The decision to close two branches and give 12 others to community groups or close them has been called into Overview and Scrutiny because it is believed that the cuts to the library service conflict with the borough strategies, which include improving educational achievements and qualification levels, and offering “the same opportunities in life for all residents, leading to improvements in their quality of life”. The £1.2 million the council wants to cut from the libraries is a drop in their budgetary ocean (the library service cost £5.7 million in 2010/11, which is less than 1% of the overall council budget).

We know how crucial good library services are to successful societies, and how much of a difference they make to the skills, development and employability of young people. We’ve already written in depth about how investing in the library service, providing trained and qualified staff in 26 fully-funded, well-resourced, local branches offering the same standard of provision across the borough, would help with Doncaster’s strategic priorities. We hope that the Overview and Scrutiny Committee on 10th November pays particular attention to the signs of success that the council identified as desirable in the Borough Strategy:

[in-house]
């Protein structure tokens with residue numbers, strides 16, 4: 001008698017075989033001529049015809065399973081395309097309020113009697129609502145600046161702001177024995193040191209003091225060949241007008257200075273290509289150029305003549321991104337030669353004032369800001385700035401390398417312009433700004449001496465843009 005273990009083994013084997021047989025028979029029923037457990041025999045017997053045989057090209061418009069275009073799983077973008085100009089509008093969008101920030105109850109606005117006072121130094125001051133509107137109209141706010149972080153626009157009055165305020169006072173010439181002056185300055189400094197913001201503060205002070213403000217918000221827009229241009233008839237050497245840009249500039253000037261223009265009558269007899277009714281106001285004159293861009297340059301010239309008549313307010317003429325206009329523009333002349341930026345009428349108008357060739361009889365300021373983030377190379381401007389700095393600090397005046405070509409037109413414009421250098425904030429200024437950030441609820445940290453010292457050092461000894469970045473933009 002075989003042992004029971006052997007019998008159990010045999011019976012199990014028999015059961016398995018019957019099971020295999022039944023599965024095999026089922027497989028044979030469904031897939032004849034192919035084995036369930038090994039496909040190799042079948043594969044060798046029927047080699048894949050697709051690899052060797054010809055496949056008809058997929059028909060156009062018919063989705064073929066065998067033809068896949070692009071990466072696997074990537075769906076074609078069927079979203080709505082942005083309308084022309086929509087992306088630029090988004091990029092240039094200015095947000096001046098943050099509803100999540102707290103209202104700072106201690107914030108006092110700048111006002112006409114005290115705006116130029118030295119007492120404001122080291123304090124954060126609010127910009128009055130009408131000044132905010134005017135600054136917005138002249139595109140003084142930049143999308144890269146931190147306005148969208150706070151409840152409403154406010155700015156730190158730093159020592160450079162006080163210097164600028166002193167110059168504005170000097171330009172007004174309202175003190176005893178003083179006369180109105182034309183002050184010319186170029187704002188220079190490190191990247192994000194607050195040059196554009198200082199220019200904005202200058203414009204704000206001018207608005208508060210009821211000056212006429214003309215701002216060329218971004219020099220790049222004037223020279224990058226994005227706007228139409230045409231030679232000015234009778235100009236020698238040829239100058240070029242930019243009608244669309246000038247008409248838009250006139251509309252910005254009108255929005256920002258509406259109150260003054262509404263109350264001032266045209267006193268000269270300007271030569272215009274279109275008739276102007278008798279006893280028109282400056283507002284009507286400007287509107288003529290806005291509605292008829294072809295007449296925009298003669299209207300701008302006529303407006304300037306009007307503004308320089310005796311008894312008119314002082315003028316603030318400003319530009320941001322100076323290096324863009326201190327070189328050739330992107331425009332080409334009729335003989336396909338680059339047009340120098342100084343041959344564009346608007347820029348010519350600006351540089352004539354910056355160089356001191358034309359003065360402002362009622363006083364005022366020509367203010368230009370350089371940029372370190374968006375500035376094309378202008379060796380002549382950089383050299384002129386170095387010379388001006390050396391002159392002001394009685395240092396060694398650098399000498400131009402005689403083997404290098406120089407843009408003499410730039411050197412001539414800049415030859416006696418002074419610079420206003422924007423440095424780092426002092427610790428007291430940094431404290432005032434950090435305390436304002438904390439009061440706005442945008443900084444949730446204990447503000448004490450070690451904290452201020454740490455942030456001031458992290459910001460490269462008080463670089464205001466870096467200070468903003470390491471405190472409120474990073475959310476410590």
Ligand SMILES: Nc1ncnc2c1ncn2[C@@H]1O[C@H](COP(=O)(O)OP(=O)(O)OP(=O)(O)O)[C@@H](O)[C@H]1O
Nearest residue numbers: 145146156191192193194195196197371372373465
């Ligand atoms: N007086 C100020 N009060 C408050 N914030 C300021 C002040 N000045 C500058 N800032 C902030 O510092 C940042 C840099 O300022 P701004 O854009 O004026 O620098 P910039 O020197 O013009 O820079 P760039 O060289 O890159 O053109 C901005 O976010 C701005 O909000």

• Educational standards will rise for all
  • Children and young people will have the opportunity to engage in positive activities
  • There will be more young people in education, employment or training
  • There will be more people qualified with the relevant skills to meet the needs of the local economy
  • The same opportunities in life for all residents, leading to improvements in their quality of life
  • Raised aspirations, particularly amongst young people, and better skills

It is time for the Cabinet and the Mayor to reverse its decision on the library service and instead invest in library resources for young people. The Labour group say they could find the money within council budgets so that they would not have to cut the library budget – now is the time for the Mayor to consider this. If money is still short, national government should support the council financially in order to focus efforts on young people as recommended by the report.

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One Response to Doncaster: Not so Neet

  1. callmecathy says:

    “Public libraries offer people a place to study, access learning resources and careers advice on their doorsteps. They’re the natural place for people to access information and an incredibly good value way for councils to achieve their aims to reduce NEET levels.”
    – Absolutely, PL are free, local, and respect your privacy, they are in a great position to support young people. We need more work on linking young people’s information needs and behaviours to the services trying to get the information to them, not cuts!!